Japanese love their noodles! From steaming bowls of ramen or udon, to mounds of yakisoba fresh off the griddle and dripping with tangy sauce, to bamboo trays of buckwheat soba noodles for dipping into a salty soy sauce-based soup, noodles are a dietary staple here. Not as common or well-known is somen–long, thin, wheat-based noodles, reminiscent of angel hair pasta.
In summer, these thin white noodles are sometimes served cold in small glass bowls of clear soup–topped perhaps with a dried goji berry or a small sprig of something green–, as part of the traditional meal served at a ryokan, or in a classical restaurant.
But the real summer treat featuring somen is “nagashi somen” or flowing noodles. The cooked noodles are dropped into flowing water from which the diners catch them with chopsticks and dip them into a cup of sauce similar to that used when eating soba noodles.
My first time to enjoy nagashi somen was deep in the mountains of southern Kyushu many years ago. We sat at a large stone table with a special circular trough carved into it. Water that had been diverted from a nearby stream flowed into the trough, circled the table and then out a drain. The noodles were dropped in and we amused, and fed, ourselves by catching them before they reached the drain. Experiential eating at its finest!
At the time I was told that the true “traditional” way to eat nagashi somen was to drop the noodles into a clean, fast-flowing mountain stream and fish them out again. (It helps that Japan is not known to have any water-borne parasites, at least not in the fast flowing streams of the high mountains.)
I’ve heard tell of restaurants with special little devices that create the flowing water trough at the table to give diners this delight without them having to go in search of a mountain stream. In fact, there are even home-use versions available; some battery powered, in case you want to take them with you on a picnic for something akin to the original outdoor experience.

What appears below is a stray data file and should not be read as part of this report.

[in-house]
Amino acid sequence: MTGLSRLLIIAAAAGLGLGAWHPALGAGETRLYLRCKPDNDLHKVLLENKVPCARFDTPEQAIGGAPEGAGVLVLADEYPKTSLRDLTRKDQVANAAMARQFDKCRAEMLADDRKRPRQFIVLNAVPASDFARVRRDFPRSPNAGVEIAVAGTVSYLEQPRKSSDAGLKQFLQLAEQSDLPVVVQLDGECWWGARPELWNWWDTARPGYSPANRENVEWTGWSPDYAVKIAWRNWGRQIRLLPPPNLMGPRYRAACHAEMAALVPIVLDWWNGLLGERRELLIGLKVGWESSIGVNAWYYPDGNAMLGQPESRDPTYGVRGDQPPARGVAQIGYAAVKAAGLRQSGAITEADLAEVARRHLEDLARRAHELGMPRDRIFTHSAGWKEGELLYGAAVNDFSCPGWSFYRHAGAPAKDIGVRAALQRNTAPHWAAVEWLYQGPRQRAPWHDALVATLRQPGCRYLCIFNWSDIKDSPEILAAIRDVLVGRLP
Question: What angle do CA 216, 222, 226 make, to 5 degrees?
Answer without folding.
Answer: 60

Probably the most enjoyable way to eat nagashi somen is as a communal experience, jostling with others to catch those slippery little noodles as they slide past in the flowing water. So there is also history of villagers going into the mountains to cut a tall bamboo pole, split it lengthwise and remove the membranes to make a long straight trough through which the noodles can sluice along to be grabbed by whoever has the quickest chopsticks.
Just last week I stumbled on a slightly modernized version of this in Musashi Kosugi in Kanagawa. Local merchants set up an 80 meter long trough (frankly, it looked like a rain gutter), which just enough angle to keep the water moving, and a “bucket” at the end to catch whatever made it that far.
At the appointed hour, they sold cups of seasoned dipping sauce and little bamboo “forks” (better than chopsticks for catching the noodles and less likely to be accidentally dropped).
The noodles were cooked and drained on the site. (It appears to be a universal truth that when cooking takes place outdoors men are more willing to get involved.)
Once the noodles are prepared, they are dropped into the trough of running water, where pandemonium ensued. Needless to say, no noodles were destined to flow for the entire 80 meters of the trough, so attendants also dropped noodles in at various intervals along the way, ensuring that everyone had a chance to get some.
Eating nagashi somen is fun for both adults and children, but on this occasion, it seemed the children enjoyed it the most. Or maybe parents made a point of bringing their children, to give them the experience.
Ya gotta love traditions! And the way we keep them alive in Japan.